Australia asylum seekers find refuge in cricket

Ocean 12 cricket team comprised of Tamil asylum-seekers in Australia For some asylum seekers, cricket has become a way to relieve the stress of a life in limbo

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Ocean 12 are sporting warriors like no other. Padded up and steeled for action in a suburban league in Sydney, the team is made up of Tamil asylum seekers competing for a place in the finals of a global cricket competition.

The young men arrived in Australia by boat. They have been released from immigration detention on temporary visas and are waiting anxiously to hear if their refugee claims have been successful.

Some bear the marks of conflict. Uthayakumar, a promising fast bowler, was hit by gunfire when his school was attacked and lives with vivid scars on his elbow. As well as the physical reminders of a troubled past, for others the psychological wounds also persist.

"No, I can't go back to Sri Lanka. It is driving me mad thinking about it," said 26-year old Stephen, who spent 18 months in Indonesia before paying smugglers to ferry him to Australia in October 2012.

"It took us 18 days by boat. The first few days were extremely hard. I was vomiting and didn't eat," Stephen explains through an interpreter.

"I felt like I had a new lease of life when I saw the Australian navy and got to Christmas Island."

File photo: Australian customs officials and navy personnel escort asylum-seekers onto Christmas Island after they were rescued from a crowded boat that had foundered at sea, 21 August 2013 Asylum seekers often head for Christmas Island, an Australian territory in the Indian Ocean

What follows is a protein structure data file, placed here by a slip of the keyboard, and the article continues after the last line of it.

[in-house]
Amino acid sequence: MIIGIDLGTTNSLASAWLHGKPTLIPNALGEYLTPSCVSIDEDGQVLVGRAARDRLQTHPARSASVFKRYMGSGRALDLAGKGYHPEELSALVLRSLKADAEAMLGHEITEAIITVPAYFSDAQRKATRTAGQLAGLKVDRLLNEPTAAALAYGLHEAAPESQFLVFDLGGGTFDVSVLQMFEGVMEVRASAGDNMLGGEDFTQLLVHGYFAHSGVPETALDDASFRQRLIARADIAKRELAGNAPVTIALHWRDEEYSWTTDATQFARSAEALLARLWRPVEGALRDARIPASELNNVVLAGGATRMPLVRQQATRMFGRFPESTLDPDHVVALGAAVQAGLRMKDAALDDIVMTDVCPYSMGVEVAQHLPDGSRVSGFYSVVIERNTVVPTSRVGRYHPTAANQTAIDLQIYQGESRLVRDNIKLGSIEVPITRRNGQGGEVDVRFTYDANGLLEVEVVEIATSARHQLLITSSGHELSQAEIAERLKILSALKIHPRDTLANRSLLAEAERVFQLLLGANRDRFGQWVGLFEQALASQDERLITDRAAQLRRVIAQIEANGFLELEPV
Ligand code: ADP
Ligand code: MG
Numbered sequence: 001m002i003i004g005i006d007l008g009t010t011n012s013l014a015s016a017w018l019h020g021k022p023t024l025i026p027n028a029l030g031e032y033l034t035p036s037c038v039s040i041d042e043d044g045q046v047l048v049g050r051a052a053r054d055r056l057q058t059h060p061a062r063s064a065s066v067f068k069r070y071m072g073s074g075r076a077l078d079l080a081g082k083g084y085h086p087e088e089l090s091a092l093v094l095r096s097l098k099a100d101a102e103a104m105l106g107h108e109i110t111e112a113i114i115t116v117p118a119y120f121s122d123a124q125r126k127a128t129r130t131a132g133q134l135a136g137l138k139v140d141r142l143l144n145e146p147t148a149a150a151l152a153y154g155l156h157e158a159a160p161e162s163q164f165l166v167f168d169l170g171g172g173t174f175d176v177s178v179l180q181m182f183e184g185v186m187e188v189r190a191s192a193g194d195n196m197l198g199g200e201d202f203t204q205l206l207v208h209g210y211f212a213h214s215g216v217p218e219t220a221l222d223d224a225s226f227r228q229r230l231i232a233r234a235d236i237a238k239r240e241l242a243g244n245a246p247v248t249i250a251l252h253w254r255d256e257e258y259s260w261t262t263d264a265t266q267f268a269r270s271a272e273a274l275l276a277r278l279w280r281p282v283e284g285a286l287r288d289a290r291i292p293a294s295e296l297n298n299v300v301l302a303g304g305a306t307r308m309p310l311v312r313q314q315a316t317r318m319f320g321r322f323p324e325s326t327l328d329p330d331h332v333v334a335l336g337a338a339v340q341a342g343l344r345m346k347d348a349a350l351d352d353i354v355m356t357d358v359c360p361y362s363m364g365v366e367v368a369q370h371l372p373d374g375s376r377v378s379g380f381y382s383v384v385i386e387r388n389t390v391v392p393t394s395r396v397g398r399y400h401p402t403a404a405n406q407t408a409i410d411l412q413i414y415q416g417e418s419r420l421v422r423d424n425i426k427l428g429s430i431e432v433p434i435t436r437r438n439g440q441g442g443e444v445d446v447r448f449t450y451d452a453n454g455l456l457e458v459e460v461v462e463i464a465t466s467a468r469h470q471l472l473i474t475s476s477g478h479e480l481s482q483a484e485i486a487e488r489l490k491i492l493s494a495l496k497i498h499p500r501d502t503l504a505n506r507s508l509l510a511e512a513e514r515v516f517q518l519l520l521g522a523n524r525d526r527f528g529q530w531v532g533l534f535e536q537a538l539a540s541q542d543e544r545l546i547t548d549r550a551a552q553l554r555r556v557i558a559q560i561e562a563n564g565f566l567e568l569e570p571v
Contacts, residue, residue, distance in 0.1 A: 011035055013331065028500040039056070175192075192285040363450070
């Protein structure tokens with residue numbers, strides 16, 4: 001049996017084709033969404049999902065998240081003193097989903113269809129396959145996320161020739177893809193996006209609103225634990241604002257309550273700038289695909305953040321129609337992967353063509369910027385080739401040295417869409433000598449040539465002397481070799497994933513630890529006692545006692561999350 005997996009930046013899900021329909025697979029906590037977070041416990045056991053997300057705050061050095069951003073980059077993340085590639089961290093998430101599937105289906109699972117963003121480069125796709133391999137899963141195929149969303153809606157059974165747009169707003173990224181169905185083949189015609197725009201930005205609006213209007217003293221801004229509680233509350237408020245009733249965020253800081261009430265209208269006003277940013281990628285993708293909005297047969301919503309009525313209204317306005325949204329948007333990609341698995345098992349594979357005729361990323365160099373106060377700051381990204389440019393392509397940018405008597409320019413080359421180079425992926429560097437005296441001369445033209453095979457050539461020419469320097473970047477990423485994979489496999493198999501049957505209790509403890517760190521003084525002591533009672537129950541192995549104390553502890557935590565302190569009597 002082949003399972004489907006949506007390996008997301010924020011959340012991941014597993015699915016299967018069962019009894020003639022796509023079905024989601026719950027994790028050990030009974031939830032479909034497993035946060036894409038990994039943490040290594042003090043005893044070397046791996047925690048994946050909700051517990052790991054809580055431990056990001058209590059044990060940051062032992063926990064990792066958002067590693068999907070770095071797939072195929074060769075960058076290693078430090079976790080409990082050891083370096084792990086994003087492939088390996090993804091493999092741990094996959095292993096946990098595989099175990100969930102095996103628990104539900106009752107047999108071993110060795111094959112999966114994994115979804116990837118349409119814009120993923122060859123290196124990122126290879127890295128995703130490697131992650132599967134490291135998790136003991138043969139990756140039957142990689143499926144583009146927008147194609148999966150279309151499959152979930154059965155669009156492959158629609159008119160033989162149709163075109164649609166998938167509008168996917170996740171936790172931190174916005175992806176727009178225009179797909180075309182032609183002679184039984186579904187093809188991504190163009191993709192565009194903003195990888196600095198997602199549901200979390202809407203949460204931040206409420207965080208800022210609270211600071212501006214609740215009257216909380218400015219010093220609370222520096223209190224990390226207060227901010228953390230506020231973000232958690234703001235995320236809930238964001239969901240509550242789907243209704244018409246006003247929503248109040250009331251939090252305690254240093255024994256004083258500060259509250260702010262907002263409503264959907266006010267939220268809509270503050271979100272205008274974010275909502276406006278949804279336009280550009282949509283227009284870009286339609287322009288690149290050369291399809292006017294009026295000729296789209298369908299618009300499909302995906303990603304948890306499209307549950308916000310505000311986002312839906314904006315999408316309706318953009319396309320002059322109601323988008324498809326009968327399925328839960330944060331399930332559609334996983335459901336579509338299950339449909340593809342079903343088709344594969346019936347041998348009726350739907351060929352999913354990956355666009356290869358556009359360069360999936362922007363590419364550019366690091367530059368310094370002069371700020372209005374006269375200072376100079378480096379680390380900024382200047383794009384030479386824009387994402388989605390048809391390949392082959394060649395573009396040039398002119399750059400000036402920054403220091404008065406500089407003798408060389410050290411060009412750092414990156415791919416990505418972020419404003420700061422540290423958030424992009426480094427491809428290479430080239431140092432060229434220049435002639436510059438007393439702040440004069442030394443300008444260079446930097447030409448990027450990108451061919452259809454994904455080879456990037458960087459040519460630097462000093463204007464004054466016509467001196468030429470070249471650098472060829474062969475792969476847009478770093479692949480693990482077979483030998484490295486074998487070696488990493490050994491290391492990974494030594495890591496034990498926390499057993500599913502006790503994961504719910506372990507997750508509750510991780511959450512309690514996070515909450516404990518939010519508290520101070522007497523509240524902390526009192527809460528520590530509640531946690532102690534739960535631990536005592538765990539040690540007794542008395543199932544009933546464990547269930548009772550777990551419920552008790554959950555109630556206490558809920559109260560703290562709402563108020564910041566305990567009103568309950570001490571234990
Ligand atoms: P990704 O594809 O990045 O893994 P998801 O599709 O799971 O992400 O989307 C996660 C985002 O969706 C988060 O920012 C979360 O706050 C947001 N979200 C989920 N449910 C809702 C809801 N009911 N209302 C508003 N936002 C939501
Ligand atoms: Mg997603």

The apprentice engineer said he was tortured and was forced to flee his homeland at the end of the civil war. "All I seek is a happy and peaceful life," he says.

'Equal'

His is a life in limbo and deportation could be only a phone call away. Cricket has become an ideal way to relieve the stress.

"It helps them to almost feel that they are part of the community they want to be a part of," said Deenu Rajaratnam, the Sydney league manager for Last Man Stands, which runs the global T20 competition.

"Here they are getting a chance to actually live like anyone else on the field. They are equal, they are competing. They have the same chance of hitting a six, or a four or of getting a wicket as the opposition."

File photo: A man walks between tents at Australia's regional processing centre on Manus Island in Papua New Guinea Mandatory detention for asylum seekers started in the 1990s

The former inmates were held in custody under Australia's policy of automatically detaining all asylum seekers while they undergo health and security checks.

Stephen was incarcerated for five months at the Curtin immigration facility in Western Australia and on Christmas Island, an Australian territory in the Indian Ocean.

Australia and asylum

  • Asylum-seekers - mainly from Afghanistan, Sri Lanka, Iraq and Iran - travel to Australia's Christmas Island on rickety boats from Indonesia
  • All those who arrive are detained
  • The number of boats rose sharply in 2012 and the beginning of 2013, and dozens of people have died making the journey